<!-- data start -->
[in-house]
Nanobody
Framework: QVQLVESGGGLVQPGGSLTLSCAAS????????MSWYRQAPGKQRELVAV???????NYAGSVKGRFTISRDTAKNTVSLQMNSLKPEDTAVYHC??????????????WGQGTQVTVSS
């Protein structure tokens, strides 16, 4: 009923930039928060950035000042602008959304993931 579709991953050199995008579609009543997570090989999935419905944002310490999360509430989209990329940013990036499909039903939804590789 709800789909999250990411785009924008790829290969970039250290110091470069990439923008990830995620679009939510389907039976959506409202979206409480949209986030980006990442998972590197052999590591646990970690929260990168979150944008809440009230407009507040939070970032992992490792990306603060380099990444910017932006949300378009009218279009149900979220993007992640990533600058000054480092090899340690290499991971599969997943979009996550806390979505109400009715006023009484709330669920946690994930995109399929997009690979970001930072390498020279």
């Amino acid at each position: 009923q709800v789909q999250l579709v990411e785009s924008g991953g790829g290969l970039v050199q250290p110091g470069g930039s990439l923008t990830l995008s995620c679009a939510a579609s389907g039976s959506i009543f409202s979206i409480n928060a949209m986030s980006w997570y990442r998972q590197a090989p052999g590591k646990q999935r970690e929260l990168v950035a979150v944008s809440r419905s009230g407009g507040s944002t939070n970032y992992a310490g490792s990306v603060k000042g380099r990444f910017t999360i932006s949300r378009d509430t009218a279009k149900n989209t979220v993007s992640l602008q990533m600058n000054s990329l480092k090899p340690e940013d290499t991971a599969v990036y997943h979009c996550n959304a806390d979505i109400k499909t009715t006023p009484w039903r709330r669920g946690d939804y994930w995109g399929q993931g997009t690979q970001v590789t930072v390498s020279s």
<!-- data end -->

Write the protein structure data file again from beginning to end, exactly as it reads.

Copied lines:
[in-house]
Nanobody
Framework: QVQLVESGGGLVQPGGSLTLSCAAS????????MSWYRQAPGKQRELVAV???????NYAGSVKGRFTISRDTAKNTVSLQMNSLKPEDTAVYHC??????????????WGQGTQVTVSS
């Protein structure tokens, strides 16, 4: 009923930039928060950035000042602008959304993931 579709991953050199995008579609009543997570090989999935419905944002310490999360509430989209990329940013990036499909039903939804590789 709800789909999250990411785009924008790829290969970039250290110091470069990439923008990830995620679009939510389907039976959506409202979206409480949209986030980006990442998972590197052999590591646990970690929260990168979150944008809440009230407009507040939070970032992992490792990306603060380099990444910017932006949300378009009218279009149900979220993007992640990533600058000054480092090899340690290499991971599969997943979009996550806390979505109400009715006023009484709330669920946690994930995109399929997009690979970001930072390498020279």
């Amino acid at each position: 009923q709800v789909q999250l579709v990411e785009s924008g991953g790829g290969l970039v050199q250290p110091g470069g930039s990439l923008t990830l995008s995620c679009a939510a579609s389907g039976s959506i009543f409202s979206i409480n928060a949209m986030s980006w997570y990442r998972q590197a090989p052999g590591k646990q999935r970690e929260l990168v950035a979150v944008s809440r419905s009230g407009g507040s944002t939070n970032y992992a310490g490792s990306v603060k000042g380099r990444f910017t999360i932006s949300r378009d509430t009218a279009k149900n989209t979220v993007s992640l602008q990533m600058n000054s990329l480092k090899p340690e940013d290499t991971a599969v990036y997943h979009c996550n959304a806390d979505i109400k499909t009715t006023p009484w039903r709330r669920g946690d939804y994930w995109g399929q993931g997009t690979q970001v590789t930072v390498s020279s």